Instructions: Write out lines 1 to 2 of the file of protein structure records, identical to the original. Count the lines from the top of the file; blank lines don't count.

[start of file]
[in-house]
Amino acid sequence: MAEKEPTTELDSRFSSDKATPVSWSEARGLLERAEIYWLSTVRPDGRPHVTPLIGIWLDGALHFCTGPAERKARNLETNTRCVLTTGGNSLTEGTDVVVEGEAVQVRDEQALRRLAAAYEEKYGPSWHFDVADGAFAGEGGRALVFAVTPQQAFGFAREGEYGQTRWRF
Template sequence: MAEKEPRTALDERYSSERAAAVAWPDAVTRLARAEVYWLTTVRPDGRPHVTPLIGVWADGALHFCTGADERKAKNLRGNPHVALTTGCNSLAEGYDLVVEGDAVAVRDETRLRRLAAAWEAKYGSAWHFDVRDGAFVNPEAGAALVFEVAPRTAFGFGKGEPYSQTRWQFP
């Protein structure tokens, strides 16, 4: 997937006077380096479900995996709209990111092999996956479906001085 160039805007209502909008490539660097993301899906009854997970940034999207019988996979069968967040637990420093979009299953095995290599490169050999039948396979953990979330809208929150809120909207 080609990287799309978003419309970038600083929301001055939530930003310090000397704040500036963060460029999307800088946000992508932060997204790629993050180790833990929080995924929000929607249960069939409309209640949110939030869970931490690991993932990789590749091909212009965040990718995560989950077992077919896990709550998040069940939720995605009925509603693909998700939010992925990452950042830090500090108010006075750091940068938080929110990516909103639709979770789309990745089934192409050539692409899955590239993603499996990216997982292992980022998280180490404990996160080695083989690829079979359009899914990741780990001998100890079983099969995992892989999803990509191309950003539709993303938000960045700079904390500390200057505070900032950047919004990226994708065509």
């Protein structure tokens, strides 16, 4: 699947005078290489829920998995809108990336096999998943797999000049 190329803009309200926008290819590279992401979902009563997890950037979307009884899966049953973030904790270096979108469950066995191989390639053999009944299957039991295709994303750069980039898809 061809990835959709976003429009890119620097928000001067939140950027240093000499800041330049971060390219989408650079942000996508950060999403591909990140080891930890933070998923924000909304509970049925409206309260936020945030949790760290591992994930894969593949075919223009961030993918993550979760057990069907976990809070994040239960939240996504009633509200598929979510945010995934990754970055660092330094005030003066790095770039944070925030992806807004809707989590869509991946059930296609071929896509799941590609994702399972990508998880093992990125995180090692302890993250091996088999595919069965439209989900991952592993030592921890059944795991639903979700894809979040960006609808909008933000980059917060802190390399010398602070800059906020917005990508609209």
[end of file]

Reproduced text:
[in-house]
Amino acid sequence: MAEKEPTTELDSRFSSDKATPVSWSEARGLLERAEIYWLSTVRPDGRPHVTPLIGIWLDGALHFCTGPAERKARNLETNTRCVLTTGGNSLTEGTDVVVEGEAVQVRDEQALRRLAAAYEEKYGPSWHFDVADGAFAGEGGRALVFAVTPQQAFGFAREGEYGQTRWRF